Germany's ambassador to Islamabad says the cooperation between Pakistan and India is vital for the stability of South Asia and that Germany will continue to help Afghanistan after the withdrawal of NATO troops.
As the time for the international troops to leave Afghanistan draws closer, the doubts about the stability of the war-torn country and the South Asian region are increasing. Not only the western governments are trying to ensure Afghanistan's stability, the non-government organizations, too, are busy organizing seminars and conferences to come up with ideas and recommendations for the future of the country.
In 2010, the Friedrich Ebert Stiftung, an independent German think tank, began their "track two diplomacy" to bring together diplomats, retired army officers and regional experts from Afghanistan, Pakistan, India, Central Asia, China, Russia, Turkey and Iran to initiate a dialogue on how to sustain peace in Afghanistan after the departure of international troops. On January 15, the organization held a two-day conference in Islamabad to discuss the current and future situation.
Cyrill Nunn, German ambassador to Pakistan, told DW after the conference that 2014 would be a year of enormous challenges. He is, nonetheless, optimistic about the future of the country.
"NATO forces will be moving out soon but that does not mean that the international community will abandon Afghanistan and stop taking interest in its affairs," Nunn said. "Germany will continue to be involved in reconstruction and provide economic help. It will also train Afghan security forces. So nobody should worry that the friends of Afghanistan will leave the region."
Talks with the Taliban
Some security experts believe that the future of Afghanistan is linked to the success of the Afghan government's proposed talks with the Taliban. Despite several attempts by Kabul and Washington, peace talks with the militant Islamists have so far failed to take off.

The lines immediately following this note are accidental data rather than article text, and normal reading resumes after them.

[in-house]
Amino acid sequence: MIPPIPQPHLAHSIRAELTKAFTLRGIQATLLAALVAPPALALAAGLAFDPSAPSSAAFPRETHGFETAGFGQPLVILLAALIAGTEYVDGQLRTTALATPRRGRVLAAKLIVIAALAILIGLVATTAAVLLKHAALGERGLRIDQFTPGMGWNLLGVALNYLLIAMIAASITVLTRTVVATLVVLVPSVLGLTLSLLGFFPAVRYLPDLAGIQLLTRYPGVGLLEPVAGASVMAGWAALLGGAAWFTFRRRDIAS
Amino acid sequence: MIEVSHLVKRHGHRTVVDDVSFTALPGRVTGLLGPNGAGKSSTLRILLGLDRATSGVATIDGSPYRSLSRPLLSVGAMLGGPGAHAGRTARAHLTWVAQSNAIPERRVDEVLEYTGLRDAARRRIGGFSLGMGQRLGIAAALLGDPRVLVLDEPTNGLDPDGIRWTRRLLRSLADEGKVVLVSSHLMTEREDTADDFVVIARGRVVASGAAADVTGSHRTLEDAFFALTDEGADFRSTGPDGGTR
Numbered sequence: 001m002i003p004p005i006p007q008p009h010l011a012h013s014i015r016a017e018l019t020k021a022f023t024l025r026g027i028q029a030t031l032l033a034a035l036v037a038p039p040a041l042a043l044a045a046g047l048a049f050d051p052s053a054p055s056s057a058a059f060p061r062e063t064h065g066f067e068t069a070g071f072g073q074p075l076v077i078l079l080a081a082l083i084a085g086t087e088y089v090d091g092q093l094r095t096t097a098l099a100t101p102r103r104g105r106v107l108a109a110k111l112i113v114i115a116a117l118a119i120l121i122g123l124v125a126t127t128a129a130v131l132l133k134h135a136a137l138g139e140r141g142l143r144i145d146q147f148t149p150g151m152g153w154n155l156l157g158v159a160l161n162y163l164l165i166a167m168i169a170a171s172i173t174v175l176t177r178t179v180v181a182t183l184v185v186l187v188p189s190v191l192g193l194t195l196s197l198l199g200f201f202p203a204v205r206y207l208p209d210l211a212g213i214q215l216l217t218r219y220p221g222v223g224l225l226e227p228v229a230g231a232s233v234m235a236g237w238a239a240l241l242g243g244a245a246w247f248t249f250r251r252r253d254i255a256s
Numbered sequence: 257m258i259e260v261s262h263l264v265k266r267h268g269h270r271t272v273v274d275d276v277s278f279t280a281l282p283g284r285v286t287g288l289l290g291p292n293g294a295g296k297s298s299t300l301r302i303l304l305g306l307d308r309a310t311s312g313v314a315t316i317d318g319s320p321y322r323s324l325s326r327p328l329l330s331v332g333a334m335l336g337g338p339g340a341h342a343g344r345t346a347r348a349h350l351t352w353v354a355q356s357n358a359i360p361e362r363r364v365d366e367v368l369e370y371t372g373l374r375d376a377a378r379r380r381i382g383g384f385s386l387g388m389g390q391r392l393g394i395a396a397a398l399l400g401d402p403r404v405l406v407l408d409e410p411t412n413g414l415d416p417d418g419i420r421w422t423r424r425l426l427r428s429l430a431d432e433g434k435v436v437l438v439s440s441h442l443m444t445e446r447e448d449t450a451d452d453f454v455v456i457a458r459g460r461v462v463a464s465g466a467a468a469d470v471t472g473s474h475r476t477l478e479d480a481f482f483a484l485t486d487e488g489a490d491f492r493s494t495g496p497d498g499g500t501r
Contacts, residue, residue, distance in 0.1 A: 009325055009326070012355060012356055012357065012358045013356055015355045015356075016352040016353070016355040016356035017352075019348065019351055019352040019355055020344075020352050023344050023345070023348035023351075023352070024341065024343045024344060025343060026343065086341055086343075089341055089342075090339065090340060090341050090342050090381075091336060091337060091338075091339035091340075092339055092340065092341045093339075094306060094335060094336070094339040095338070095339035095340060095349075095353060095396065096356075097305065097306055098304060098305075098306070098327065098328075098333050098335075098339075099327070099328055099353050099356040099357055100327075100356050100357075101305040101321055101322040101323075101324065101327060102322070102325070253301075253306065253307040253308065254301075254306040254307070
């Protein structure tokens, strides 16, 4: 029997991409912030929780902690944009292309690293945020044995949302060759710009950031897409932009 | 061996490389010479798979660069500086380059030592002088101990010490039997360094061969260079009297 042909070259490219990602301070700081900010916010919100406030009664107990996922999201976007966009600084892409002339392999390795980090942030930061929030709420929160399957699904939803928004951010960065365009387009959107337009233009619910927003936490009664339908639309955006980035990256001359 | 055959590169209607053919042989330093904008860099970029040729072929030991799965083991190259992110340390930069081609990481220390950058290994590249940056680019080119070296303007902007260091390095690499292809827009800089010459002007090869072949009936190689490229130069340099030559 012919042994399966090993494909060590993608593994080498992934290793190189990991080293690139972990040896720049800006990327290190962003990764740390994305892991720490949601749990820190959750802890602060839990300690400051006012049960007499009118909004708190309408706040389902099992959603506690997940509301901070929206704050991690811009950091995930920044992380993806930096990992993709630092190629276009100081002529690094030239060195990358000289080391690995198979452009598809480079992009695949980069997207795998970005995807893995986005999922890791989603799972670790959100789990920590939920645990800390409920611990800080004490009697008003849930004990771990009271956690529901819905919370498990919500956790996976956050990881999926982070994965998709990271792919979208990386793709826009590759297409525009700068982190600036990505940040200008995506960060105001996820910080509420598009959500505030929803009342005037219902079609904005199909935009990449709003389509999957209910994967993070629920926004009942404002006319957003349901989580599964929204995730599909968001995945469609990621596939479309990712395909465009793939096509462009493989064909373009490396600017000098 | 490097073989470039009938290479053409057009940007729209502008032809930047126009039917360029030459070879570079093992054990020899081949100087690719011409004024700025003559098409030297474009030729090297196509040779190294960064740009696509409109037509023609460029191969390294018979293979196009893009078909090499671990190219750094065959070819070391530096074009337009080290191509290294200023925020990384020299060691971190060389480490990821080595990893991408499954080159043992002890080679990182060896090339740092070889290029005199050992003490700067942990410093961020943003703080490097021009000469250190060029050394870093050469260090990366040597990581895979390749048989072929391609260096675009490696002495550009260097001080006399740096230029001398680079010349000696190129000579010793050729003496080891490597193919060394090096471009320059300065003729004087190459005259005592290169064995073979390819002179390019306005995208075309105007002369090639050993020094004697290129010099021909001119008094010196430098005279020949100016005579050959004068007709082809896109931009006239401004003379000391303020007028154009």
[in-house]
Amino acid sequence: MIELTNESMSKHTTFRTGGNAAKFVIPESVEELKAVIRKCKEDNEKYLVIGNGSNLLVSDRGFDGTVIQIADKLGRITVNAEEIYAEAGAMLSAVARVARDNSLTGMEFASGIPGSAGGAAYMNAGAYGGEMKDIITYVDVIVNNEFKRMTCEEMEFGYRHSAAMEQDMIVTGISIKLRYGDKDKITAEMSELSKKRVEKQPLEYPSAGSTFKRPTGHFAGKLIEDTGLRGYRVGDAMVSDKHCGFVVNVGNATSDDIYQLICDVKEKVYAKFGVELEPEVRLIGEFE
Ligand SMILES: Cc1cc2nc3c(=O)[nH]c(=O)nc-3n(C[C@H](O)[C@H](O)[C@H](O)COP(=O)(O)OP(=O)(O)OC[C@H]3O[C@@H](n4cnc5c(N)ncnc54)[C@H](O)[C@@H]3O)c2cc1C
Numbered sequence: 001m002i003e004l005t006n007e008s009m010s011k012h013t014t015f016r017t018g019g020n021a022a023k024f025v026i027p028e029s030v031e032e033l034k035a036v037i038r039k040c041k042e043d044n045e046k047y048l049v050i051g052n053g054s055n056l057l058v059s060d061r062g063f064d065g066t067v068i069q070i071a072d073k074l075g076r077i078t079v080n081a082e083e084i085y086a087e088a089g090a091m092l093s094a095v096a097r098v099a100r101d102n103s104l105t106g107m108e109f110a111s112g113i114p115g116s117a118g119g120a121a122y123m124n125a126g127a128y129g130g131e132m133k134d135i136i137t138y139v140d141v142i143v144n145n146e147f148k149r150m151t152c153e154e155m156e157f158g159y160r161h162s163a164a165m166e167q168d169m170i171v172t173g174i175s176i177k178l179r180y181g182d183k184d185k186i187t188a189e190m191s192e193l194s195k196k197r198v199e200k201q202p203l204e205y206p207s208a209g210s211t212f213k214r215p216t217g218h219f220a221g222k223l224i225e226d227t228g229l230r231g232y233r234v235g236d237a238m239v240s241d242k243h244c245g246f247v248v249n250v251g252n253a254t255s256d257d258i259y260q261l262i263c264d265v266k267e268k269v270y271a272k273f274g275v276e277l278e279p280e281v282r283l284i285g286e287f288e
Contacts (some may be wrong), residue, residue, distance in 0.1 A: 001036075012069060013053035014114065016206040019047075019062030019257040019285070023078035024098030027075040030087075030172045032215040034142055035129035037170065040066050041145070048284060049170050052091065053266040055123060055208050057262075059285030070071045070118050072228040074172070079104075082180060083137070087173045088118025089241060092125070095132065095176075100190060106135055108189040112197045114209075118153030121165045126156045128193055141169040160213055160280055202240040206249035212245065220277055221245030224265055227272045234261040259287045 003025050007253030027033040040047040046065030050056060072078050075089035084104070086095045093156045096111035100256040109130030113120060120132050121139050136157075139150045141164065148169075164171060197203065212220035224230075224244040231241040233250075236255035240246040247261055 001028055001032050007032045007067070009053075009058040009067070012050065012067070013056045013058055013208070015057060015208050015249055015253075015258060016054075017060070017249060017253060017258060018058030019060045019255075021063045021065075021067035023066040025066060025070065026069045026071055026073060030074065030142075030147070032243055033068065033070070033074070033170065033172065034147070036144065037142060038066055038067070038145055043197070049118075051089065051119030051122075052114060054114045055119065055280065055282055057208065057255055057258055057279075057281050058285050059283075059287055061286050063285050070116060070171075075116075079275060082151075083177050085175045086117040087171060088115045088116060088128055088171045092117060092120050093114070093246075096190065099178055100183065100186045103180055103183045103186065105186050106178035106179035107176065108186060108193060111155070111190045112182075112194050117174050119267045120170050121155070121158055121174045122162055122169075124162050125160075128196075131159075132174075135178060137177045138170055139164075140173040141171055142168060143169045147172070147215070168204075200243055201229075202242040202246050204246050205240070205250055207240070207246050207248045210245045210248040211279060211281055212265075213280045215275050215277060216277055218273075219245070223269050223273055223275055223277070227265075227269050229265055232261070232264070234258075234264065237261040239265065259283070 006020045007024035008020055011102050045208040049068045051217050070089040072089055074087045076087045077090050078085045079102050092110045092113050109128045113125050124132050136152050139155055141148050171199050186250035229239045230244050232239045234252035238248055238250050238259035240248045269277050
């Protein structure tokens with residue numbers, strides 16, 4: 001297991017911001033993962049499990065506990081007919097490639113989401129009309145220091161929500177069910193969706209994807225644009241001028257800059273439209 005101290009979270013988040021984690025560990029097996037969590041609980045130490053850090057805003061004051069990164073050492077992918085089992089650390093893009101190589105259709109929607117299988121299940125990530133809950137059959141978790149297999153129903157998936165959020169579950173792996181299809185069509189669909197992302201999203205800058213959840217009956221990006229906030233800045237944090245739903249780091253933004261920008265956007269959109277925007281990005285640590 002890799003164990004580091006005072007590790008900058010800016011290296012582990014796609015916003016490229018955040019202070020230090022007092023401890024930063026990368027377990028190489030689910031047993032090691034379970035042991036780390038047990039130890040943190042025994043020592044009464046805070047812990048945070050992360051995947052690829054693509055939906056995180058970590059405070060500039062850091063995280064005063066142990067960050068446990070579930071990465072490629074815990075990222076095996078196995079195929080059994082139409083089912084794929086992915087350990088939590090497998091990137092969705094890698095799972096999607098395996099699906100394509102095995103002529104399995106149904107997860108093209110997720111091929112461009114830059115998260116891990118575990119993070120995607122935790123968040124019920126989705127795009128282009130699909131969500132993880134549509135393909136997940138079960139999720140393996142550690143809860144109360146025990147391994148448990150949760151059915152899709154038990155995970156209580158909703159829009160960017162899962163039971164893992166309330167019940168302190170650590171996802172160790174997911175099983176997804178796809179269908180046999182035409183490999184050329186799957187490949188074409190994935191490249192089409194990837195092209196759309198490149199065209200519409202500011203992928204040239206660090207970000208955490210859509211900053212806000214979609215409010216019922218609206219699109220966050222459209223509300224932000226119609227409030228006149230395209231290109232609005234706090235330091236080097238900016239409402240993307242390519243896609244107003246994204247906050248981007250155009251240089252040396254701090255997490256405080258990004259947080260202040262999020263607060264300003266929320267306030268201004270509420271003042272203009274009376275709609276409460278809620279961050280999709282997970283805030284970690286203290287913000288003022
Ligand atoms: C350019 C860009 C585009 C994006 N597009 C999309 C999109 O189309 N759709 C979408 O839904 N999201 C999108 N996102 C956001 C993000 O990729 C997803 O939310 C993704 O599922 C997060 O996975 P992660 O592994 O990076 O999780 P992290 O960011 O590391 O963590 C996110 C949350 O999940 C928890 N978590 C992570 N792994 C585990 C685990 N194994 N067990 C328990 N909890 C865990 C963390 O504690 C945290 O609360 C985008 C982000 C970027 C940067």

Nunn admits that after a decade of war against the Taliban, international forces have not been able to totally defeat the former Afghan rulers. He is of the opinion that it is crucial to start a dialogue with them. "We have to try to include the Taliban in talks as a political force. They will be one of the groups that might be part of a future setup. It is a challenge, and that is what we have talked about [at the Islamabad conference]." The ambassador added that it would be up to the Afghan government to decide how and when to initiate these talks.
Mahmood Shah, a retired Pakistani military officer and security analyst, told DW the failure of talks with the Taliban could lead to a bigger turmoil in Afghanistan. "The Americans are leaving Afghanistan. They have not been able to kick-off the talks and have failed to bring the Taliban into mainstream politics. I don't think things will get better in future."
Indo-Pakistani ties and Afghanistan
Nunn said the improvement of ties between two South Asia nuclear powers, India and Pakistan, was vital for the security and stability of not only Afghanistan but the entire region.
"Prime Minister Sharif's government understands that the ties with India need to be fixed. Both countries need each other as markets so that they can increase bilateral trade. Pakistan and India should look at each other as friends and not enemies. It will take time, but I am hopeful the two countries will get closer."
Retired Indian army general Ashok Mehta, who also participated in the FES Islamabad conference, said the perception that hostility between New Delhi and Islamabad is hampering peace in Afghanistan was "flawed."
"To say that Afghanistan will be become peaceful if India and Pakistan resolve the Kashmir dispute is incorrect. The Indo-Pakistan disputes have nothing to do with Afghanistan," the former general told DW, adding that the Afghan crisis was more about Pakistan's relations with Afghanistan.